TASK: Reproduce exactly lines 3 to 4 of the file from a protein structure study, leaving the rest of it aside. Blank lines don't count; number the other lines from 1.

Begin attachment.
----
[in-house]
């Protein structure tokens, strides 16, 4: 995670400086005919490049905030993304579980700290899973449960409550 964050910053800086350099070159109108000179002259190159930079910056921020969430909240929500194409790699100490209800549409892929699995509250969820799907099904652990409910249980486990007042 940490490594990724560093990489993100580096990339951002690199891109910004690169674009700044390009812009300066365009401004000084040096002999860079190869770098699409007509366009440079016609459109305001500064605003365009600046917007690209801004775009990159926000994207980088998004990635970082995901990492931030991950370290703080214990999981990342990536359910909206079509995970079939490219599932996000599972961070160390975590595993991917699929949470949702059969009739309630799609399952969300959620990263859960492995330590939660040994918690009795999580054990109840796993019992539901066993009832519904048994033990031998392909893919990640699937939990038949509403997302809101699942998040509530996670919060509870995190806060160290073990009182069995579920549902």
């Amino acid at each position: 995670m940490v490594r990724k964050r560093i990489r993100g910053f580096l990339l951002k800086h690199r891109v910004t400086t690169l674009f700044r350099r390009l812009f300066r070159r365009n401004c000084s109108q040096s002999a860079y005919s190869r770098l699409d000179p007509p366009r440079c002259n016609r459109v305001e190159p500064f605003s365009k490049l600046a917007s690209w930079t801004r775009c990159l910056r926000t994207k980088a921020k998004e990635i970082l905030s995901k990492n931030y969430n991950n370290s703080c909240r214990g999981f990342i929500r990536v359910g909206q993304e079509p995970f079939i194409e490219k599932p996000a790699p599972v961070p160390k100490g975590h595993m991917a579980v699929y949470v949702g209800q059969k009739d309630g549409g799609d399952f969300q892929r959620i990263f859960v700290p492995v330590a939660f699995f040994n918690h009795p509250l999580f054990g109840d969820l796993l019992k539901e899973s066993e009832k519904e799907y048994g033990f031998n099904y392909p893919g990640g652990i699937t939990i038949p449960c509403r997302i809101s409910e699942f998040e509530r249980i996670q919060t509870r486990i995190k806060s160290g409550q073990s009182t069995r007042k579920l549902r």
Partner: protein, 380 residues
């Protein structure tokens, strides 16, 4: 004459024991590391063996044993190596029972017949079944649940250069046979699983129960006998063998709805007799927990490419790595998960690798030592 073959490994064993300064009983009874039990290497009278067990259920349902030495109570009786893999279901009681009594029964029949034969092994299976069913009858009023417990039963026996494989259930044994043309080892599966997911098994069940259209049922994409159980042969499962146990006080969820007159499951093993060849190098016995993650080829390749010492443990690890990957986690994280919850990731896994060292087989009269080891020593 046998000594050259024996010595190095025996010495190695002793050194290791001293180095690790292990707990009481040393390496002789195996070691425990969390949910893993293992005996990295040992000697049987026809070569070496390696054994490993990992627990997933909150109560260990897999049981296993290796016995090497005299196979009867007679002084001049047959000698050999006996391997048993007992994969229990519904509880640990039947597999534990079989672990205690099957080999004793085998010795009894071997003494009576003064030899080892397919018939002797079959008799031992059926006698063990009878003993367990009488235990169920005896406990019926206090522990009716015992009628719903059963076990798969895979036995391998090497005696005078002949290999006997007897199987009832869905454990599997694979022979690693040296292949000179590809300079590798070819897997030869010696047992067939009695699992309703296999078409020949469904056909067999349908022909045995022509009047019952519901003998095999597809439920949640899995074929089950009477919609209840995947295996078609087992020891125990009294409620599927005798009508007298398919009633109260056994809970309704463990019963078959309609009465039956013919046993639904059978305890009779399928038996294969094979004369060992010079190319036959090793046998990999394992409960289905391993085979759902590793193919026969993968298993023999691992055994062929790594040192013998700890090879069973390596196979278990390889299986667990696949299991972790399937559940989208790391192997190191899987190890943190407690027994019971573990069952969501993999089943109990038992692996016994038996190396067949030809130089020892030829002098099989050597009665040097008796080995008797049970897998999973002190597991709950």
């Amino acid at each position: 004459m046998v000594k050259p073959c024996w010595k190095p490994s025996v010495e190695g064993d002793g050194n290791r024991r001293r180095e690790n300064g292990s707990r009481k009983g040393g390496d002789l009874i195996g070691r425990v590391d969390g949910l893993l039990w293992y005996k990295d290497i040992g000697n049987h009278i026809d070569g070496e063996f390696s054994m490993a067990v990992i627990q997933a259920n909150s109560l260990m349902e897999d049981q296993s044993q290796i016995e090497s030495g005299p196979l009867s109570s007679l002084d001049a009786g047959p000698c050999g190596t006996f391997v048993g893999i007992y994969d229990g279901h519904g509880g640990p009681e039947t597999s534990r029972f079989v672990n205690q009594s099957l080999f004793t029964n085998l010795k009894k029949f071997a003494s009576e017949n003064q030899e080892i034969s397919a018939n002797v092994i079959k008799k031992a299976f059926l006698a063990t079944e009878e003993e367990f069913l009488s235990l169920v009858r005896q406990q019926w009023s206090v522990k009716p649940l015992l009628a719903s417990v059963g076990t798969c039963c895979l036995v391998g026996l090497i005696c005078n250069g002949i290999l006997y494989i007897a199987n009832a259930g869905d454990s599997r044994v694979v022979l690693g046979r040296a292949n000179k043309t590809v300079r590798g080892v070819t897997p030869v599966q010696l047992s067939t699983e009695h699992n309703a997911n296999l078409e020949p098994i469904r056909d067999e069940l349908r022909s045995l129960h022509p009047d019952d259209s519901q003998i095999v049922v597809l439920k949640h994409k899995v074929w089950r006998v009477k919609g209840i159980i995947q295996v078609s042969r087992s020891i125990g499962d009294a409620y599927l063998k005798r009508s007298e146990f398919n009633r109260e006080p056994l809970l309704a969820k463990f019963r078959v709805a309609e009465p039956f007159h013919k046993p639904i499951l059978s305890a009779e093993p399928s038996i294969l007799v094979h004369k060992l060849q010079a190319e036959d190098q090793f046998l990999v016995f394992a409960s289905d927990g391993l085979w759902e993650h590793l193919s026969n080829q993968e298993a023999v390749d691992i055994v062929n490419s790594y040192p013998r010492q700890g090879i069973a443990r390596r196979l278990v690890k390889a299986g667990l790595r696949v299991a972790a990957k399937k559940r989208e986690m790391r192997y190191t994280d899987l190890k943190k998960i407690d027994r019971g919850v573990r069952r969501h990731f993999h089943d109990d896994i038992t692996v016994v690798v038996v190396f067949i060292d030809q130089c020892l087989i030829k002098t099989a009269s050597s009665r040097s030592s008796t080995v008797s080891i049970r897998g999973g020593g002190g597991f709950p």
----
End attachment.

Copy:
């Amino acid at each position: 995670m940490v490594r990724k964050r560093i990489r993100g910053f580096l990339l951002k800086h690199r891109v910004t400086t690169l674009f700044r350099r390009l812009f300066r070159r365009n401004c000084s109108q040096s002999a860079y005919s190869r770098l699409d000179p007509p366009r440079c002259n016609r459109v305001e190159p500064f605003s365009k490049l600046a917007s690209w930079t801004r775009c990159l910056r926000t994207k980088a921020k998004e990635i970082l905030s995901k990492n931030y969430n991950n370290s703080c909240r214990g999981f990342i929500r990536v359910g909206q993304e079509p995970f079939i194409e490219k599932p996000a790699p599972v961070p160390k100490g975590h595993m991917a579980v699929y949470v949702g209800q059969k009739d309630g549409g799609d399952f969300q892929r959620i990263f859960v700290p492995v330590a939660f699995f040994n918690h009795p509250l999580f054990g109840d969820l796993l019992k539901e899973s066993e009832k519904e799907y048994g033990f031998n099904y392909p893919g990640g652990i699937t939990i038949p449960c509403r997302i809101s409910e699942f998040e509530r249980i996670q919060t509870r486990i995190k806060s160290g409550q073990s009182t069995r007042k579920l549902r």
Partner: protein, 380 residues